These new rules are a crucial step to clean up the waters of the U.S. They are a compromise among competing interests, but they should bring clarity to the approach the EPA must take to reign in remaining uncontrolled pollution.
We come to see natural treasures no longer as merely divisible property but as gifts protected by boundaries we create and honor, knowing that all life depends on their integrity. The shift is underway.
It's time we pay more attention to the natural sources of water we depend on every day. Because the land in a watershed affects the water quality it's important that we have a good idea of the state of the land around our water sources.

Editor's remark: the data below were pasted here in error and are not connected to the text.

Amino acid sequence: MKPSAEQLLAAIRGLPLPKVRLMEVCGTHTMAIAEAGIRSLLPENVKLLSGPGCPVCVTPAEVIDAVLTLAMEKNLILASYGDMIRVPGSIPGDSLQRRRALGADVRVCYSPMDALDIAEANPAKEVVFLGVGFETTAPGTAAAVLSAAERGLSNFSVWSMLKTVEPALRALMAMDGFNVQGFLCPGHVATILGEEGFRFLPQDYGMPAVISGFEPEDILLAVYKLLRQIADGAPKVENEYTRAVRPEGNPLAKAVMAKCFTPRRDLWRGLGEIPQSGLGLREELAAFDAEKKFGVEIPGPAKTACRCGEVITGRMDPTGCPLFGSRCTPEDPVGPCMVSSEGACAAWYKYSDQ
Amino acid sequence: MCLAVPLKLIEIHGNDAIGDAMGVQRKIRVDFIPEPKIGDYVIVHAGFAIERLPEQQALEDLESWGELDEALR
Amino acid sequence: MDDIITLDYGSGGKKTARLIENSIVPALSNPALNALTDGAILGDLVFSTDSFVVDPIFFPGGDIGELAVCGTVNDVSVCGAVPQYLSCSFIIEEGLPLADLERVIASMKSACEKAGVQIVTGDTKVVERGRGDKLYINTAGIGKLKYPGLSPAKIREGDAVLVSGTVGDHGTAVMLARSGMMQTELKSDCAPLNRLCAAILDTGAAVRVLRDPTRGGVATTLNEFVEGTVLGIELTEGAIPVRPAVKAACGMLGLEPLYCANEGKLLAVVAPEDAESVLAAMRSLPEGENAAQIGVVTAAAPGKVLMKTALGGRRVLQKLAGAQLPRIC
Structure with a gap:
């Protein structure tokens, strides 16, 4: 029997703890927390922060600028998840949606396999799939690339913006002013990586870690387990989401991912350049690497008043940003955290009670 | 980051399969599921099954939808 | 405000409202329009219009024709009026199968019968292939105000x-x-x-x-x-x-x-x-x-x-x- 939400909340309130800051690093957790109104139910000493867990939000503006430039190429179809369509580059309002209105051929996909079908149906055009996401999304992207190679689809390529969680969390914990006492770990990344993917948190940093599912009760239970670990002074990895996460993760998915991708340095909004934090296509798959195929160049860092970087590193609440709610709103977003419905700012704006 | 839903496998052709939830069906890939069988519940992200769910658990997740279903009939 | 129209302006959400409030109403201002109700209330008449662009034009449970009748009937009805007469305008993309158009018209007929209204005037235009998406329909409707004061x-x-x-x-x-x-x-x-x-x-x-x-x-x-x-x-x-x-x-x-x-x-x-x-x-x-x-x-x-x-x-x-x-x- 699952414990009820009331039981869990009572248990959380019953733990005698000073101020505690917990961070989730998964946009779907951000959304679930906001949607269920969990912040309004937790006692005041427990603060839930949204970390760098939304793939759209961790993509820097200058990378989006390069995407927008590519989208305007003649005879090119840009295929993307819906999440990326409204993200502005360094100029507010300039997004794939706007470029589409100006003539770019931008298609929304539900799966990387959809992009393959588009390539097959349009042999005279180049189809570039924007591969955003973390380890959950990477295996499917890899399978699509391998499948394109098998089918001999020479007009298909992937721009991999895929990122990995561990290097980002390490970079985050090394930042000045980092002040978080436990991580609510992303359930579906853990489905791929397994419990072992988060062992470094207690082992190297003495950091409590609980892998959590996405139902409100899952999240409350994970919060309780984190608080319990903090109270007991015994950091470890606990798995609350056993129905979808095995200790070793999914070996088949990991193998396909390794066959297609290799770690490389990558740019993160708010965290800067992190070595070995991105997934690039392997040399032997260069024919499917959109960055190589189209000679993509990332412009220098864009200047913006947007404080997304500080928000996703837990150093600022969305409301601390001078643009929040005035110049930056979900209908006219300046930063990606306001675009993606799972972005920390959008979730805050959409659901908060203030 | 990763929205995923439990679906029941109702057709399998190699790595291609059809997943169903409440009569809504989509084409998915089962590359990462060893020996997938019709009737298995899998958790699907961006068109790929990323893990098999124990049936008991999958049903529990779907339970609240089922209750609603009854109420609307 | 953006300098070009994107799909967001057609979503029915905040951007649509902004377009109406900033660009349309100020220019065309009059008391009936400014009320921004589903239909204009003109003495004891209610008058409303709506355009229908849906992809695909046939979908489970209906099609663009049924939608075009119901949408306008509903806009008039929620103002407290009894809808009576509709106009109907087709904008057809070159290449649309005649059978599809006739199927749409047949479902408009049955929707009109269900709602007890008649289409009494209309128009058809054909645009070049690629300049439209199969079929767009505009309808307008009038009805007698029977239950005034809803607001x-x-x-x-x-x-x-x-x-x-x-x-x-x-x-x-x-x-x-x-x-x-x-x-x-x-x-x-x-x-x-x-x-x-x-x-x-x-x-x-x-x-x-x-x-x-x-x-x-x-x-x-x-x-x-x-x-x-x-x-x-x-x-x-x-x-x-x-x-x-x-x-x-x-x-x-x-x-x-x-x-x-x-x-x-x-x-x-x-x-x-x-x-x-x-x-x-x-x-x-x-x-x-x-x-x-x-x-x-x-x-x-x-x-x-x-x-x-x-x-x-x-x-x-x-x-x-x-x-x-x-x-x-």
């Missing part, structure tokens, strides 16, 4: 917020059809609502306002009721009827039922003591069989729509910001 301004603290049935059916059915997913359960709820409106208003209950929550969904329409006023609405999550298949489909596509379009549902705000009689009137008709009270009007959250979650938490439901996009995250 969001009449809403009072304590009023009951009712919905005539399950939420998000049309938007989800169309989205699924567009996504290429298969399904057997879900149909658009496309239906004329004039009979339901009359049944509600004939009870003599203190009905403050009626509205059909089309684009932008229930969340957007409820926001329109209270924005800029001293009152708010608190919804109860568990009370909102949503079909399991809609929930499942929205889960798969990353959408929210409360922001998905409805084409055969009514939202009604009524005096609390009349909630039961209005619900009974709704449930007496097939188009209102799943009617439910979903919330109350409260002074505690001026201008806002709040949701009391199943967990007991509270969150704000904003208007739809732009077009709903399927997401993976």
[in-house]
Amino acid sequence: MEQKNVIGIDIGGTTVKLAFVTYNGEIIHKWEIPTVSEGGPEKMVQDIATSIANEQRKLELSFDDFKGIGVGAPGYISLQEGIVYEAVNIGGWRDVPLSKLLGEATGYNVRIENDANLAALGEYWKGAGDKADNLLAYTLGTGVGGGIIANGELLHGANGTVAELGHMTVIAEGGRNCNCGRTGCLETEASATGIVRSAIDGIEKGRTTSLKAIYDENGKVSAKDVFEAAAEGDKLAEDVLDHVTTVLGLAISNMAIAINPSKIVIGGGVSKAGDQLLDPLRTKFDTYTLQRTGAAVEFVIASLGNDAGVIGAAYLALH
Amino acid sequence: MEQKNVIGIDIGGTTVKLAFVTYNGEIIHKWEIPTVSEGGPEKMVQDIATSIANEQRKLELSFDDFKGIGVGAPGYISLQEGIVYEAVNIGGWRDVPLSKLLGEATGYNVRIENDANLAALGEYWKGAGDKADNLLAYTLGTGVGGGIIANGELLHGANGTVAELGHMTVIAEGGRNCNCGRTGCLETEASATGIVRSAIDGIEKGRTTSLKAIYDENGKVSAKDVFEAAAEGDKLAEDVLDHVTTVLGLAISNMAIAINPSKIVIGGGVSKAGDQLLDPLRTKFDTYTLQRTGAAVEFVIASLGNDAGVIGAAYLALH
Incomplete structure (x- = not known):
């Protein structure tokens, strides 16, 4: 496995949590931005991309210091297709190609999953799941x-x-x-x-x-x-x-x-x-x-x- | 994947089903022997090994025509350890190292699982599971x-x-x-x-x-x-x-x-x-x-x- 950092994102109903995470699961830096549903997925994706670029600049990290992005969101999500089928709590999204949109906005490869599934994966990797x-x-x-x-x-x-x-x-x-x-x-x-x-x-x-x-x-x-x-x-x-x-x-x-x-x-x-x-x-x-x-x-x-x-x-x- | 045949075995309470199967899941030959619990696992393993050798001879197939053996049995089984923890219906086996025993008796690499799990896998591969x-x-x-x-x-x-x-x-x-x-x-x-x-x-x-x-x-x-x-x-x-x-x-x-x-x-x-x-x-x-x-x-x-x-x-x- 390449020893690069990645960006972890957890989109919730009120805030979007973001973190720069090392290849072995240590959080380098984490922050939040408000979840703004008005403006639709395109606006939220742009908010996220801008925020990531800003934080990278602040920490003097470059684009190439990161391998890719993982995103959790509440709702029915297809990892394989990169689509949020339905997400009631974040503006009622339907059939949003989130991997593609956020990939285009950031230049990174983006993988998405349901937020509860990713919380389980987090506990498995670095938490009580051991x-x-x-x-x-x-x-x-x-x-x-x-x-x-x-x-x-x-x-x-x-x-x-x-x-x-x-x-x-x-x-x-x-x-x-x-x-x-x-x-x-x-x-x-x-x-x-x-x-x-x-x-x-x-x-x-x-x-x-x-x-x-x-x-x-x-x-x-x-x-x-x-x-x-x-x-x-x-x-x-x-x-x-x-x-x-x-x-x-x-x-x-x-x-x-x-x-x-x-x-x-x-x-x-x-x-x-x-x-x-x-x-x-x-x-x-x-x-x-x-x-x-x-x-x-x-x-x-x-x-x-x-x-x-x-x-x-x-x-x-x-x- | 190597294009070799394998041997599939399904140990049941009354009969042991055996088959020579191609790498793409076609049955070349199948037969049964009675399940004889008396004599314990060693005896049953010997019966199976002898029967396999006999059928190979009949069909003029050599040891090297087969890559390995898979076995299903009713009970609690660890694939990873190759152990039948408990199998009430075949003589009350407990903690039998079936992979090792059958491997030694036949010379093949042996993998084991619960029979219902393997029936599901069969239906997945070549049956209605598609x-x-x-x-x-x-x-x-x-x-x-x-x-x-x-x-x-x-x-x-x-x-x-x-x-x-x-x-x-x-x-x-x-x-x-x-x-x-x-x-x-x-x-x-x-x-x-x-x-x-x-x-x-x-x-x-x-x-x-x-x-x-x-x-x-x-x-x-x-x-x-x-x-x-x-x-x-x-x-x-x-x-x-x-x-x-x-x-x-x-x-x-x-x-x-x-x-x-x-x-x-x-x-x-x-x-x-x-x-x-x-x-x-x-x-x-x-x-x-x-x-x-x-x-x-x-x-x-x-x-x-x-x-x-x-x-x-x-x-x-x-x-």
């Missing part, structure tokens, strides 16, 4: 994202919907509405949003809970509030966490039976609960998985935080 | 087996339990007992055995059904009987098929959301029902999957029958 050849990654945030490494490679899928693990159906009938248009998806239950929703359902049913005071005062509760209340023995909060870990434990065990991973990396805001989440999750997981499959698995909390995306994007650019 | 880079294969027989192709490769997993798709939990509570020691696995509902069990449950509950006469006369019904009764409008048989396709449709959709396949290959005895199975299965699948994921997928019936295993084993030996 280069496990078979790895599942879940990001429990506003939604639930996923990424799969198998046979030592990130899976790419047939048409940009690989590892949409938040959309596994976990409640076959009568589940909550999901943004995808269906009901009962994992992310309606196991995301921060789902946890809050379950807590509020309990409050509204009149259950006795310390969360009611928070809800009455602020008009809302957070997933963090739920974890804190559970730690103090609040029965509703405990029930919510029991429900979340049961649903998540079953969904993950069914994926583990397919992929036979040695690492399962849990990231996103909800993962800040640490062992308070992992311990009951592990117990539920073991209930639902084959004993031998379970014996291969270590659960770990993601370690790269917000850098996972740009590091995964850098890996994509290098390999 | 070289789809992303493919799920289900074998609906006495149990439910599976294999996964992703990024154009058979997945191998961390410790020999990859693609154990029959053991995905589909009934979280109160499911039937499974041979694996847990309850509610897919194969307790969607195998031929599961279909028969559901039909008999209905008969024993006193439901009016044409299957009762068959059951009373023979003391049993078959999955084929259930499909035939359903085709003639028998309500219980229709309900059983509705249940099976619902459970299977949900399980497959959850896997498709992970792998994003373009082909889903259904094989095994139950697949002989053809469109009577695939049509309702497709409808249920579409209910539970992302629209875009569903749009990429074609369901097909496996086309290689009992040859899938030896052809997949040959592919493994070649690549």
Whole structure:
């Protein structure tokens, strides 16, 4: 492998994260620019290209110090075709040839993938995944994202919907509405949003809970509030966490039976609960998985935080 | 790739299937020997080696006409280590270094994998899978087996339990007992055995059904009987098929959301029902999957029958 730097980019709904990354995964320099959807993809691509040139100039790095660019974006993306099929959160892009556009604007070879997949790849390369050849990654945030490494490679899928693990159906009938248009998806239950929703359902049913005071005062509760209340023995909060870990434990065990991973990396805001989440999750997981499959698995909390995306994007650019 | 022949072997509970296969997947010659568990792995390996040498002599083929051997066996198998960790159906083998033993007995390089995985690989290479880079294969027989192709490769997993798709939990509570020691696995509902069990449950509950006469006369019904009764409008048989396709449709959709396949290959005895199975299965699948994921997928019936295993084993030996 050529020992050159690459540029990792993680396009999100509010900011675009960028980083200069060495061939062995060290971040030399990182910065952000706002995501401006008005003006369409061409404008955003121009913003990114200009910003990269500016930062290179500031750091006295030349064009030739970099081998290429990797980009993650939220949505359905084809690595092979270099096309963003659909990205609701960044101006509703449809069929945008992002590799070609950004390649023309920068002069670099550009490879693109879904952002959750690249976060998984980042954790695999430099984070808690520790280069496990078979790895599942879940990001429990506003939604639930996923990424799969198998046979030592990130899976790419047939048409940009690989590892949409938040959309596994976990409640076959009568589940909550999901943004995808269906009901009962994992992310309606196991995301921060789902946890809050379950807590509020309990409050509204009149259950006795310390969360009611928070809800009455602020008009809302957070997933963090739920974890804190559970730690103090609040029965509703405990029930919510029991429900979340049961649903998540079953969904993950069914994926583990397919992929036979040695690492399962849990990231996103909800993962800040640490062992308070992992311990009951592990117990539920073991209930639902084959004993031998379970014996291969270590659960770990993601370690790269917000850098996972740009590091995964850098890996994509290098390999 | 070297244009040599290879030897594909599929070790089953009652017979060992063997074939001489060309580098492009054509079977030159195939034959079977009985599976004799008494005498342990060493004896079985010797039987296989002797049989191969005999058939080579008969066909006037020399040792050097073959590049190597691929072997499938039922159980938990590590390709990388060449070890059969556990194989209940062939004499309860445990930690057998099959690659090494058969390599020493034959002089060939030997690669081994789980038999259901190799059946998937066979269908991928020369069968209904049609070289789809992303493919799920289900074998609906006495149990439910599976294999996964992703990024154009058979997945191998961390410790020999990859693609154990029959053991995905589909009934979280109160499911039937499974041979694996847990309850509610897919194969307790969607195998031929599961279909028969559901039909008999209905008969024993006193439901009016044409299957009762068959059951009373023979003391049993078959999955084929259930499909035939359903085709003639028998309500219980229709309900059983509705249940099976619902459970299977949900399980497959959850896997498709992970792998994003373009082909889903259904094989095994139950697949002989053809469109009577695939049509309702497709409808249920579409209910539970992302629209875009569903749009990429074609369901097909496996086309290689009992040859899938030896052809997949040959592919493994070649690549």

Stand at your kitchen sink and fill up a glass of water from the tap. Can you guess where that water comes from? Or how far it traveled to get to your tap? What about how adequately -- or not -- the land at the source is protected?
The gas drilling practice known as "fracking" has a history of contaminating water supplies, but that won't stop its use in the area from which New York City, Philadelphia, and parts of New Jersey get their water.